Luck Be a Lady

November 9, 2008 at 3:35 am (Drama Queen) ()

Last night at our weekly DnD game a friend of mine brought with her a play she was reading called M. Butterfly, which isn’t Madame Butterfly, though I guess you could look at it as a sort of response to the stereotypes present in Madame Butterfly. Basically the plot of M. Butterfly is a French diplomat, Rene, has a twenty-year long affair with a Chinese woman, an opera singer named Song. Except Song is actually a man in disguise who’s spying for the Chinese government and the French diplomat somehow fails to notice even though they consummated the relationship (which caused me great lulz). In the end, after he’s put in trial for spying for China, he finds out that Song is a man and he goes crazy — dresses up as a woman and kills himself.

To be honest I think one of the themes that should have been included on the book jacket was homophobia — part of Rene’s delusion, I think, is that he flat out refused to accept the possibility of a relationship between two men. Which I guess would combine with his refusal to accept the possibility that Song wasn’t the shy, submissive Chinese woman he wanted her to be. That was the status quo of their relationship; Song as the submissive Oriental woman and Rene as the dominant Western man and when Song upset that balance Rene snapped and tried to set it back, before killing himself because it’d been all a lie, and indeed his attempt to set it back is also entirely a lie (apparently in the movie, which my friend saw, had Rene dress up in pseudo-Chinese/Japanese clothing before he died).

I want to be sympathetic to him (well, not really), except I can’t get over the fact he didn’t notice Song was a man for twenty years even though they apparently had sex. I just — how do you delude yourself so much you don’t notice something like that? WTF.

M. Butterfly is supposed to be based of a real incident, to which I can only say WTF as well. Did a man seriously have a relationship with a man pretending to be a woman for twenty years and seriously not notice? In the author’s afterword (which I read) he mentioned that the real like Rene said that he just thought real life Song was being modest, which. Did they ever have sex or not? It’s ambiguous in the notes about the article, my friend said it was ambiguous in the movie…she’s going to read the play and let me know about that one, too. It’s just. I feel bad for focusing on this angle when there are other angles (ie. stereotypes of the East by the west, stereotypes of how women should act, stereotypes of how Asian women should act…in the afterword the author mentioned the concept of a Rice Queen; gay Caucasian men who are attracted only to Asian men, at which point they expect the Asian man to be the “woman” in the relationship.) I should be more interested in. But I mean — honestly. Twenty years, and he didn’t notice at all?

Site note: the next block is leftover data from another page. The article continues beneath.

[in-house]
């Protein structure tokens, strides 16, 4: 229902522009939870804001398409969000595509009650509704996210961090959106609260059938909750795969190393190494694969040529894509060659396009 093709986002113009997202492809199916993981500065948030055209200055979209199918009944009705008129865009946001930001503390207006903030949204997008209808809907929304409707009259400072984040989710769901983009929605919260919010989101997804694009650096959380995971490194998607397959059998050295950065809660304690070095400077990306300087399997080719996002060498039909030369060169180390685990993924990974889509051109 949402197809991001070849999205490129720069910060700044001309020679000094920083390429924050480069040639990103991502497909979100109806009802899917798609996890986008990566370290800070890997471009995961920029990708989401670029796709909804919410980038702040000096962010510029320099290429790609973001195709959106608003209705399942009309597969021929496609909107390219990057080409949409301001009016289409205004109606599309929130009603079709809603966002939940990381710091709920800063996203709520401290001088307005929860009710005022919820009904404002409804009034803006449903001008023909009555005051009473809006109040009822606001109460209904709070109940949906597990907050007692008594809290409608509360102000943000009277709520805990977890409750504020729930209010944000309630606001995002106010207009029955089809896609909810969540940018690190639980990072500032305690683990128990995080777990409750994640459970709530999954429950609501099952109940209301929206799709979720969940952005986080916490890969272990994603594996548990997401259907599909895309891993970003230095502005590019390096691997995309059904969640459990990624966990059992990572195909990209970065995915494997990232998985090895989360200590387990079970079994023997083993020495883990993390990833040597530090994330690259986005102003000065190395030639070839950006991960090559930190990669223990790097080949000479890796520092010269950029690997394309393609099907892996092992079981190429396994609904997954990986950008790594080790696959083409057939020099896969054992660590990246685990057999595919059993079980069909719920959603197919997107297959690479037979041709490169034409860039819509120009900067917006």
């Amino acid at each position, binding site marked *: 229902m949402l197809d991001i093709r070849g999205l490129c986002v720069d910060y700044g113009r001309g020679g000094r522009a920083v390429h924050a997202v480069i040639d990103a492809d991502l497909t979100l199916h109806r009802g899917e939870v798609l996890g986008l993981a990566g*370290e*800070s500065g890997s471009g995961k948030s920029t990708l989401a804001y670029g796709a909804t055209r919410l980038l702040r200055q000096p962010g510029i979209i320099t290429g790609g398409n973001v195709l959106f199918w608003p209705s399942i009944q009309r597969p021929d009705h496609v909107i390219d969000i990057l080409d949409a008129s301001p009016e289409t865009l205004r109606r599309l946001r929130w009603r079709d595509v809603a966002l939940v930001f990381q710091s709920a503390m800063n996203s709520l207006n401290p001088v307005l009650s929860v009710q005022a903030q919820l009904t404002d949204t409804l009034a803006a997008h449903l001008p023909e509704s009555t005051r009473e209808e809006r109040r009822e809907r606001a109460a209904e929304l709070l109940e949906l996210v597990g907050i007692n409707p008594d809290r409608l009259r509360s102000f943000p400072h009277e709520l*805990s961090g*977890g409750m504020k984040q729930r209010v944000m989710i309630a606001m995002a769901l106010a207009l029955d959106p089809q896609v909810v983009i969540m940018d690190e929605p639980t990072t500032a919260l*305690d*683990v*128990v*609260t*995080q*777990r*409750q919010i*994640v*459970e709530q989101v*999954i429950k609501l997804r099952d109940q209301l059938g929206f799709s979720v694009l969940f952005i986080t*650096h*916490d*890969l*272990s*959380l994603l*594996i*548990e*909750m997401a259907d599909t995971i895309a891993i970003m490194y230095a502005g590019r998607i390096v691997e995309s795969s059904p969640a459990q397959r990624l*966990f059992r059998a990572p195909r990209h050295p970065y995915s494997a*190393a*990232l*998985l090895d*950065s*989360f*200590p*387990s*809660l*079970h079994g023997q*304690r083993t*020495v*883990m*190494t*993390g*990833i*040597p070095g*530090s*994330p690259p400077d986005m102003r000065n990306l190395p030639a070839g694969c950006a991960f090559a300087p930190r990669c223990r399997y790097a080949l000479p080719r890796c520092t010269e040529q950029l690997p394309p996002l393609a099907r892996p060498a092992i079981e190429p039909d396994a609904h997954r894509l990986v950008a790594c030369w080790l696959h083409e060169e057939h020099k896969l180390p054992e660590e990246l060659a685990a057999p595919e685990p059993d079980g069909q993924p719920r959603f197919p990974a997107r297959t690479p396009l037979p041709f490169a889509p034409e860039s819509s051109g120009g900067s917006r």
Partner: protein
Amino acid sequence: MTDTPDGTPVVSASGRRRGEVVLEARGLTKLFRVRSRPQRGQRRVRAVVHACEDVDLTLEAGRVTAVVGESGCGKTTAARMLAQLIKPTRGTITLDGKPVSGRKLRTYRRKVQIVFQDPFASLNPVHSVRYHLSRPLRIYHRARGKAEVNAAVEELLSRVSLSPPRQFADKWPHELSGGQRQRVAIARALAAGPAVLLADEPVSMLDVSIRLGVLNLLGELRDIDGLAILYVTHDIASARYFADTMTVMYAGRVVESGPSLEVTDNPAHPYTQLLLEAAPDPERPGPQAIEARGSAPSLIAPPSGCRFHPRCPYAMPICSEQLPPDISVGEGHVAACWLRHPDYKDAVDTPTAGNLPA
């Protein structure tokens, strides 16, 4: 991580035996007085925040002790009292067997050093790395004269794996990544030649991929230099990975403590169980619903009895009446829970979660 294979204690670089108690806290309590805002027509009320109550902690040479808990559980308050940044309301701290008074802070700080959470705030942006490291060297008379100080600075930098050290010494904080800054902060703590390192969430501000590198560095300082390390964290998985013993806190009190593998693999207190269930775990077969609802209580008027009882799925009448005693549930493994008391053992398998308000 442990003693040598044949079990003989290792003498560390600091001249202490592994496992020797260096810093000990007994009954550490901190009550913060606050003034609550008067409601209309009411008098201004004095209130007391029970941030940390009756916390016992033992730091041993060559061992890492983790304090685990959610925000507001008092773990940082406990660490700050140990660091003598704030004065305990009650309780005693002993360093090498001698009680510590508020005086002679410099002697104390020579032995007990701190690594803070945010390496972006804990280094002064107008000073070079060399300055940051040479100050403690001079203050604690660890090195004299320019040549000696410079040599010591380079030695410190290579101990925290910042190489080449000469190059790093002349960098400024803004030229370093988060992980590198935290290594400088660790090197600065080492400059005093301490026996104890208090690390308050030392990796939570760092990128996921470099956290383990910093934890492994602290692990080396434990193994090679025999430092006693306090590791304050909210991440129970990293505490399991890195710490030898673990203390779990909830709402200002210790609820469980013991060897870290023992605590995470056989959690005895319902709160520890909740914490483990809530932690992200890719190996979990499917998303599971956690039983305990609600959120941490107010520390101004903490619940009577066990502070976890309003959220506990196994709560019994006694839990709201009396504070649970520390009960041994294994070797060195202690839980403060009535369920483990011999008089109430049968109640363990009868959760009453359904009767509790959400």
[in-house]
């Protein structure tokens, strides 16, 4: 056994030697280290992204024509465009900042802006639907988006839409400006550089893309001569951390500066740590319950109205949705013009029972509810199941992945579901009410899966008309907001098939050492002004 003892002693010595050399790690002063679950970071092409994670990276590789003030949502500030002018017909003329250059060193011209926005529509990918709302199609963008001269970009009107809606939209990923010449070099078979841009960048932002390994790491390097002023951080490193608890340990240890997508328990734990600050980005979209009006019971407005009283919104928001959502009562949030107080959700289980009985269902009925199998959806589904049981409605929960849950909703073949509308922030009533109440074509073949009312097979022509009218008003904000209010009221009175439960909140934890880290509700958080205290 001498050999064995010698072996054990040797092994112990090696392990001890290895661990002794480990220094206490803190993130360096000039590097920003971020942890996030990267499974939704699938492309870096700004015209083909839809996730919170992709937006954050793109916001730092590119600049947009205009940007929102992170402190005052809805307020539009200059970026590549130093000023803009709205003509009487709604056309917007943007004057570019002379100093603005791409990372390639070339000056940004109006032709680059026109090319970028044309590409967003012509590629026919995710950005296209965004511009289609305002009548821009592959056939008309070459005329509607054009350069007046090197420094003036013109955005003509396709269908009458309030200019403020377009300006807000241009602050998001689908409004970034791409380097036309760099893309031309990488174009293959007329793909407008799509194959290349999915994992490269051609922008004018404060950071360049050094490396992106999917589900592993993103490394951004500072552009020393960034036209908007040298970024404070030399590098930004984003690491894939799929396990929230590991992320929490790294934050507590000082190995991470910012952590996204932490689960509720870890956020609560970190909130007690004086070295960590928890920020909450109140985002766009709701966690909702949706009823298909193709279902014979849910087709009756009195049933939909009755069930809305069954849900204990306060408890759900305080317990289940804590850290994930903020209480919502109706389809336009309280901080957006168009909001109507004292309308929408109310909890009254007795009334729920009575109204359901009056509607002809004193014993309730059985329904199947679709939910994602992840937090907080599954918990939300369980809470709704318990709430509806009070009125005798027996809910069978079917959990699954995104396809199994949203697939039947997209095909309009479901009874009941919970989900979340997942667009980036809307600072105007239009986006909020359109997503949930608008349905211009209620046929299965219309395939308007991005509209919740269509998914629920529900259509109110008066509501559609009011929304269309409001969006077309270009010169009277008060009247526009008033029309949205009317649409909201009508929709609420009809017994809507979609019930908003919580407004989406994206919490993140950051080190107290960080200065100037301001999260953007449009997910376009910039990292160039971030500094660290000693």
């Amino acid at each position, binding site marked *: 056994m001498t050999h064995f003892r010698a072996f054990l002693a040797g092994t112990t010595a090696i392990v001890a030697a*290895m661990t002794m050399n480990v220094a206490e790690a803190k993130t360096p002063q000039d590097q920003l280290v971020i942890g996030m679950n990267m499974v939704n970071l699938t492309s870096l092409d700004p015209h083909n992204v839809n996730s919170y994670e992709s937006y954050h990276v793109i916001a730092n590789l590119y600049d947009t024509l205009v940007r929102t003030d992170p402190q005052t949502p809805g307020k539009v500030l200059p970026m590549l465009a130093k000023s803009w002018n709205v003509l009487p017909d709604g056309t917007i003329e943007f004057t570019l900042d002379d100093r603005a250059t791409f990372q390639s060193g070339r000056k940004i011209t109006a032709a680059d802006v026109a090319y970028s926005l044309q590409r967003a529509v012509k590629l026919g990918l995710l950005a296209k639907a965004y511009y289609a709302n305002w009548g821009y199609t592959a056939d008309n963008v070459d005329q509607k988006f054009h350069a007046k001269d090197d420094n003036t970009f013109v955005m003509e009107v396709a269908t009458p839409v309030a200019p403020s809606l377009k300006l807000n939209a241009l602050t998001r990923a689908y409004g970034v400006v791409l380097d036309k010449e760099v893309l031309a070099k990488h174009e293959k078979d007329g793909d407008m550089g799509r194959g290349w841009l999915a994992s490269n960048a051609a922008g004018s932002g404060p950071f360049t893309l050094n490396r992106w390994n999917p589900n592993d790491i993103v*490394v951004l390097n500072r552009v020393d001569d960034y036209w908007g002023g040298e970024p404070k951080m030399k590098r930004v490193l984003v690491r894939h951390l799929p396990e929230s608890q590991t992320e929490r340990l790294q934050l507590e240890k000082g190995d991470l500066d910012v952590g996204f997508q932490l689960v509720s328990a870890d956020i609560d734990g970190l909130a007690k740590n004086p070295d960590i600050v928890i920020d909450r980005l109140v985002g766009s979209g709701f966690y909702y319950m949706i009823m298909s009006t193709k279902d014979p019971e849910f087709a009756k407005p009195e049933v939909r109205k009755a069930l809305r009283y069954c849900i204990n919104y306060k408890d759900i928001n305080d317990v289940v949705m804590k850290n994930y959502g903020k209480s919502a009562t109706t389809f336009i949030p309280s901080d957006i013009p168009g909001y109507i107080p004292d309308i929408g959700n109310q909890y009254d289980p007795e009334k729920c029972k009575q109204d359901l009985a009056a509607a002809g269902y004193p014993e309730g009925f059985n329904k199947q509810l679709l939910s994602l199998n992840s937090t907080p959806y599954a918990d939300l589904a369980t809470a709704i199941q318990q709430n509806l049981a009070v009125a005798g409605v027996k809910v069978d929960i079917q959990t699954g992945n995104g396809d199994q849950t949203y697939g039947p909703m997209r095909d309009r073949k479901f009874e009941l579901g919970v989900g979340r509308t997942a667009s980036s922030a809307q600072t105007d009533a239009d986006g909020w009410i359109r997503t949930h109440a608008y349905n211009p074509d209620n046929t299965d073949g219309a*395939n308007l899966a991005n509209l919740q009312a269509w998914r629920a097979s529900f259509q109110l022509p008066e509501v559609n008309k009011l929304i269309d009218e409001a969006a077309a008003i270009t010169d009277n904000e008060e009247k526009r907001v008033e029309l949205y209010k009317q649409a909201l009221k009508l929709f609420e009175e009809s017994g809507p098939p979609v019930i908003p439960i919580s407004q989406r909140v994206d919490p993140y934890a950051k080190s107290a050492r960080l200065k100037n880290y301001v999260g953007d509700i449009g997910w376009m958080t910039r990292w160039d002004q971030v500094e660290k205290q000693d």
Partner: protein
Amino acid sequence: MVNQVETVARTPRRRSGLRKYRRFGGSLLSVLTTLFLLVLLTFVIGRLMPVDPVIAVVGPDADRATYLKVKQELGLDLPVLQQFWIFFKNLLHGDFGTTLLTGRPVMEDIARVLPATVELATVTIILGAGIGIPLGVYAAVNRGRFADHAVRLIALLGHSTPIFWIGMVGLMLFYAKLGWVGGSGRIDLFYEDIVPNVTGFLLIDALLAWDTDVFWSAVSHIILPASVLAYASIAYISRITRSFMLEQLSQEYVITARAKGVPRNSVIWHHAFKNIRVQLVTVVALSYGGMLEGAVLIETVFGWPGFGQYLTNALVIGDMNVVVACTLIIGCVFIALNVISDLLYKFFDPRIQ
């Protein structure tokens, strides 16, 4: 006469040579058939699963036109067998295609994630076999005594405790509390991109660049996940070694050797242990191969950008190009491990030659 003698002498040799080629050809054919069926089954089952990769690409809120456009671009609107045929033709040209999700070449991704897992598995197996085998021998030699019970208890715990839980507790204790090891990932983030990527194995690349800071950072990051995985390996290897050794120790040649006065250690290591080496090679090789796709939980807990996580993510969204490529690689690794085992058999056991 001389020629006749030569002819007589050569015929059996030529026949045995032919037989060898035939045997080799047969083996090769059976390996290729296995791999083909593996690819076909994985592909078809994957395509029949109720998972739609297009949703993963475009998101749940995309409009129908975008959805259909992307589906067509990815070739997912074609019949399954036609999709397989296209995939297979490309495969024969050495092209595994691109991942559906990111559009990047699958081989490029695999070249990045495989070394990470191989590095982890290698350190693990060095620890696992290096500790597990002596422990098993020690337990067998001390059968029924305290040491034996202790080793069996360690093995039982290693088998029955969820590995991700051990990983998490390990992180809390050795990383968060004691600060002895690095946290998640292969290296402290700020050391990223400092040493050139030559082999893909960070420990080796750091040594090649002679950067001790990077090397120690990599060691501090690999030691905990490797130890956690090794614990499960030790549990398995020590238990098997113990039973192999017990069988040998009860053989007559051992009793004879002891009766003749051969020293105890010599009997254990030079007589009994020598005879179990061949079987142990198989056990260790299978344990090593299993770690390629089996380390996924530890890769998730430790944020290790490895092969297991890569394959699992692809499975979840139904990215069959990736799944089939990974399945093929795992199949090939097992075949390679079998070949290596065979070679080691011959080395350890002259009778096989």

We also had an interesting conversation over whether or not it was supposed to be explicit to the audience that Song was actually male. Apparently in the movie Song was never seen undressed and therefore, while (s)he was slightly off, no one actually realized he was a man until the reveal at the end. Whereas at the beginning of the play, there’s a brief section where some unidentified men are talking about the incident and one outright asks the other how the diplomat didn’t recognize the spy was male. So — it would seem that the audience would have gone into the play with the knowledge that Rene was misidentifying some equipment, which would have inclined people to believe that the person he was misidentifying was Song — but then, was Song’s performance supposed to then put the audience in doubt of such a conclusion?

I’d actually kind of like to see this play on the stage. Any adult male who could pull of a convincing (stereotype of a) woman on stage, in front of a live audience, would be an actor to see. Now think of the mindfuckery if it was a woman who played the part of Song…


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